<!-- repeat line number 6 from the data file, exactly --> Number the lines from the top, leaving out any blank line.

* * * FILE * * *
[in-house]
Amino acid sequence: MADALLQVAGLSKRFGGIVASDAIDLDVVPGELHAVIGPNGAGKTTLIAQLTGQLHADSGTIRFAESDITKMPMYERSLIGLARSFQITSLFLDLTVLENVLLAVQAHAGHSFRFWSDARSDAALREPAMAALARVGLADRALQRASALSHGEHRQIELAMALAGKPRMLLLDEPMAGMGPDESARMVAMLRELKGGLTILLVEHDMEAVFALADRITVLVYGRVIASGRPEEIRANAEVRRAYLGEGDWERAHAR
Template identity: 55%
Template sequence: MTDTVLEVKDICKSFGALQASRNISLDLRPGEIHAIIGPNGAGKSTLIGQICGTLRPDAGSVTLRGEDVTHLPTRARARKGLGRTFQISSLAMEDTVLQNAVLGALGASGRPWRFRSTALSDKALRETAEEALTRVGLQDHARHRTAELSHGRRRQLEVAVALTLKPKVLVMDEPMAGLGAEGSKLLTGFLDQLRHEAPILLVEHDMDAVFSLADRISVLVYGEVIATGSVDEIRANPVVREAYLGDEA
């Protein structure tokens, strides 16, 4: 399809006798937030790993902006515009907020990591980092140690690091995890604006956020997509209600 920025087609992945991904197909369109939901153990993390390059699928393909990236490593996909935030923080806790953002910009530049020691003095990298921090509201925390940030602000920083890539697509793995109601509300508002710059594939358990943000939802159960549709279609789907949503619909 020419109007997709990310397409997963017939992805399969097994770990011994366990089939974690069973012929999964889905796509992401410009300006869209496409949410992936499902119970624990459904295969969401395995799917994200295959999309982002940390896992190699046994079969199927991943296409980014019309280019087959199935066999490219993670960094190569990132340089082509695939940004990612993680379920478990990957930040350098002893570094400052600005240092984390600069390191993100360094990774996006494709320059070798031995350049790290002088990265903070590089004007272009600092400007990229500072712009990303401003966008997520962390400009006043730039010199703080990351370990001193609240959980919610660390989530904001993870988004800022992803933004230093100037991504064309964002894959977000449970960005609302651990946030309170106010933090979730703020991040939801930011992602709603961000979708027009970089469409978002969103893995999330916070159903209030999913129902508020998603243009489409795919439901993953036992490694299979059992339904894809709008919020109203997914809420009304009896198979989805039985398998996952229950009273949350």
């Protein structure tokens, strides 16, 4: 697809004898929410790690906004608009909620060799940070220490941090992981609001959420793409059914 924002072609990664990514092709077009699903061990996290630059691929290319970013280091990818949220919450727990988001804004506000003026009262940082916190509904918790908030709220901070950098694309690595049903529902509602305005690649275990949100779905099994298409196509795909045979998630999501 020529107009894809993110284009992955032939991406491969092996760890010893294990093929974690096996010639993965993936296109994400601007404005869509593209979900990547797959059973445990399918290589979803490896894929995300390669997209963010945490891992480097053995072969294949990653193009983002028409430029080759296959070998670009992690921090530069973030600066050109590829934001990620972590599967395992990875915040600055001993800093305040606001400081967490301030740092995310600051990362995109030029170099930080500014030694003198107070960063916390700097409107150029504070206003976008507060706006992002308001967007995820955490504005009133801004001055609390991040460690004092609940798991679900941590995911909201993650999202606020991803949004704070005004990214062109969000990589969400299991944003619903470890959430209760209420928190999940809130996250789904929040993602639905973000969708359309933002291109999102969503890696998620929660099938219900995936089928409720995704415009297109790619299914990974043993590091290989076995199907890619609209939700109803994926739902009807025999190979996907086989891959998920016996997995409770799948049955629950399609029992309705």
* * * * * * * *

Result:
């Protein structure tokens, strides 16, 4: 697809004898929410790690906004608009909620060799940070220490941090992981609001959420793409059914 924002072609990664990514092709077009699903061990996290630059691929290319970013280091990818949220919450727990988001804004506000003026009262940082916190509904918790908030709220901070950098694309690595049903529902509602305005690649275990949100779905099994298409196509795909045979998630999501 020529107009894809993110284009992955032939991406491969092996760890010893294990093929974690096996010639993965993936296109994400601007404005869509593209979900990547797959059973445990399918290589979803490896894929995300390669997209963010945490891992480097053995072969294949990653193009983002028409430029080759296959070998670009992690921090530069973030600066050109590829934001990620972590599967395992990875915040600055001993800093305040606001400081967490301030740092995310600051990362995109030029170099930080500014030694003198107070960063916390700097409107150029504070206003976008507060706006992002308001967007995820955490504005009133801004001055609390991040460690004092609940798991679900941590995911909201993650999202606020991803949004704070005004990214062109969000990589969400299991944003619903470890959430209760209420928190999940809130996250789904929040993602639905973000969708359309933002291109999102969503890696998620929660099938219900995936089928409720995704415009297109790619299914990974043993590091290989076995199907890619609209939700109803994926739902009807025999190979996907086989891959998920016996997995409770799948049955629950399609029992309705």